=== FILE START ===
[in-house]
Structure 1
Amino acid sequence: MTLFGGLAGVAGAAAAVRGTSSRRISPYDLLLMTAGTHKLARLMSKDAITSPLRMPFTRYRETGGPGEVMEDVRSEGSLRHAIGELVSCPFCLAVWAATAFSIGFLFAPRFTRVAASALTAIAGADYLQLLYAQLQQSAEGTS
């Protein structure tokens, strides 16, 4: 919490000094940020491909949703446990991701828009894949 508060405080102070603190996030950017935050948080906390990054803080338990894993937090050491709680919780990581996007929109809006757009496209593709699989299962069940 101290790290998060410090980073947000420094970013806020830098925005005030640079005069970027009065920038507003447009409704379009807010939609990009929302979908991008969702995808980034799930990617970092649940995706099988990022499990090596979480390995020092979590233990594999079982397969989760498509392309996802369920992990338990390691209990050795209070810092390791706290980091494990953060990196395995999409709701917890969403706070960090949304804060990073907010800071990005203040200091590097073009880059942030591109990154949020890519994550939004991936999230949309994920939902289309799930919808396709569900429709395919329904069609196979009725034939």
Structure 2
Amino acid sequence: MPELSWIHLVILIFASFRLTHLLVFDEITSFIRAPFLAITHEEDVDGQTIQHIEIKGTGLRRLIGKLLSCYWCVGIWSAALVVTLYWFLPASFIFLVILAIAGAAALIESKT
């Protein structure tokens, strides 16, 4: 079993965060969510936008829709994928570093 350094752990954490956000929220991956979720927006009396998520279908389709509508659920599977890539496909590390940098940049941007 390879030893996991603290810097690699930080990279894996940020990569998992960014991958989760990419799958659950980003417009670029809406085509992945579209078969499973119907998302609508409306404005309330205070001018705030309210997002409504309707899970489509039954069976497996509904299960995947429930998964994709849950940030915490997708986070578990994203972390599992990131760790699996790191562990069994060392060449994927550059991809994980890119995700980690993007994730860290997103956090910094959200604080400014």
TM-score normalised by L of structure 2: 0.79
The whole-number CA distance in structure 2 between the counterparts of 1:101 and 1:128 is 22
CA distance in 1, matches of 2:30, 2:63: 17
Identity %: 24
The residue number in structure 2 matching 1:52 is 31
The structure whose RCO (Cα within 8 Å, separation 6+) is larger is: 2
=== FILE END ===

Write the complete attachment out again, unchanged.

[in-house]
Structure 1
Amino acid sequence: MTLFGGLAGVAGAAAAVRGTSSRRISPYDLLLMTAGTHKLARLMSKDAITSPLRMPFTRYRETGGPGEVMEDVRSEGSLRHAIGELVSCPFCLAVWAATAFSIGFLFAPRFTRVAASALTAIAGADYLQLLYAQLQQSAEGTS
């Protein structure tokens, strides 16, 4: 919490000094940020491909949703446990991701828009894949 508060405080102070603190996030950017935050948080906390990054803080338990894993937090050491709680919780990581996007929109809006757009496209593709699989299962069940 101290790290998060410090980073947000420094970013806020830098925005005030640079005069970027009065920038507003447009409704379009807010939609990009929302979908991008969702995808980034799930990617970092649940995706099988990022499990090596979480390995020092979590233990594999079982397969989760498509392309996802369920992990338990390691209990050795209070810092390791706290980091494990953060990196395995999409709701917890969403706070960090949304804060990073907010800071990005203040200091590097073009880059942030591109990154949020890519994550939004991936999230949309994920939902289309799930919808396709569900429709395919329904069609196979009725034939």
Structure 2
Amino acid sequence: MPELSWIHLVILIFASFRLTHLLVFDEITSFIRAPFLAITHEEDVDGQTIQHIEIKGTGLRRLIGKLLSCYWCVGIWSAALVVTLYWFLPASFIFLVILAIAGAAALIESKT
């Protein structure tokens, strides 16, 4: 079993965060969510936008829709994928570093 350094752990954490956000929220991956979720927006009396998520279908389709509508659920599977890539496909590390940098940049941007 390879030893996991603290810097690699930080990279894996940020990569998992960014991958989760990419799958659950980003417009670029809406085509992945579209078969499973119907998302609508409306404005309330205070001018705030309210997002409504309707899970489509039954069976497996509904299960995947429930998964994709849950940030915490997708986070578990994203972390599992990131760790699996790191562990069994060392060449994927550059991809994980890119995700980690993007994730860290997103956090910094959200604080400014």
TM-score normalised by L of structure 2: 0.79
The whole-number CA distance in structure 2 between the counterparts of 1:101 and 1:128 is 22
CA distance in 1, matches of 2:30, 2:63: 17
Identity %: 24
The residue number in structure 2 matching 1:52 is 31
The structure whose RCO (Cα within 8 Å, separation 6+) is larger is: 2